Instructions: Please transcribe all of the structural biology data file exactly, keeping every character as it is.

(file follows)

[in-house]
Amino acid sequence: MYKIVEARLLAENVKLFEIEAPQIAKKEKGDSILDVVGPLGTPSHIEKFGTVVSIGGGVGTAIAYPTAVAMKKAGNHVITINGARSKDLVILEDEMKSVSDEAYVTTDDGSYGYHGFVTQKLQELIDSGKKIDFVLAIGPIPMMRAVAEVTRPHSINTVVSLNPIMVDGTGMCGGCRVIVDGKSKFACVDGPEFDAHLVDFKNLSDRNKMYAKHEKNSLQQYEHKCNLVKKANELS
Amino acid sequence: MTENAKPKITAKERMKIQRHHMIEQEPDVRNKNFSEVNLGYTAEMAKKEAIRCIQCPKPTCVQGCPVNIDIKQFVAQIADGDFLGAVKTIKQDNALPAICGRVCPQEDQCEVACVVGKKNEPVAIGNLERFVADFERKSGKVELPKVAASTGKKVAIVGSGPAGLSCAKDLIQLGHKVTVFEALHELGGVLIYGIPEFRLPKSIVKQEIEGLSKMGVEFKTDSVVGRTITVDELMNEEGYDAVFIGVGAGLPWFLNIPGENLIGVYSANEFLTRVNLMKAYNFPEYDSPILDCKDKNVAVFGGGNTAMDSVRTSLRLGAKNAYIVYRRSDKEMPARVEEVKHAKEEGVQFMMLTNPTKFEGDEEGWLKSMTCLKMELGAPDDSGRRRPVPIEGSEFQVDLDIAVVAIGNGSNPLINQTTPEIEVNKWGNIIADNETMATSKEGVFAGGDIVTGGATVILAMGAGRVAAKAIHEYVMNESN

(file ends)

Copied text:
[in-house]
Amino acid sequence: MYKIVEARLLAENVKLFEIEAPQIAKKEKGDSILDVVGPLGTPSHIEKFGTVVSIGGGVGTAIAYPTAVAMKKAGNHVITINGARSKDLVILEDEMKSVSDEAYVTTDDGSYGYHGFVTQKLQELIDSGKKIDFVLAIGPIPMMRAVAEVTRPHSINTVVSLNPIMVDGTGMCGGCRVIVDGKSKFACVDGPEFDAHLVDFKNLSDRNKMYAKHEKNSLQQYEHKCNLVKKANELS
Amino acid sequence: MTENAKPKITAKERMKIQRHHMIEQEPDVRNKNFSEVNLGYTAEMAKKEAIRCIQCPKPTCVQGCPVNIDIKQFVAQIADGDFLGAVKTIKQDNALPAICGRVCPQEDQCEVACVVGKKNEPVAIGNLERFVADFERKSGKVELPKVAASTGKKVAIVGSGPAGLSCAKDLIQLGHKVTVFEALHELGGVLIYGIPEFRLPKSIVKQEIEGLSKMGVEFKTDSVVGRTITVDELMNEEGYDAVFIGVGAGLPWFLNIPGENLIGVYSANEFLTRVNLMKAYNFPEYDSPILDCKDKNVAVFGGGNTAMDSVRTSLRLGAKNAYIVYRRSDKEMPARVEEVKHAKEEGVQFMMLTNPTKFEGDEEGWLKSMTCLKMELGAPDDSGRRRPVPIEGSEFQVDLDIAVVAIGNGSNPLINQTTPEIEVNKWGNIIADNETMATSKEGVFAGGDIVTGGATVILAMGAGRVAAKAIHEYVMNESN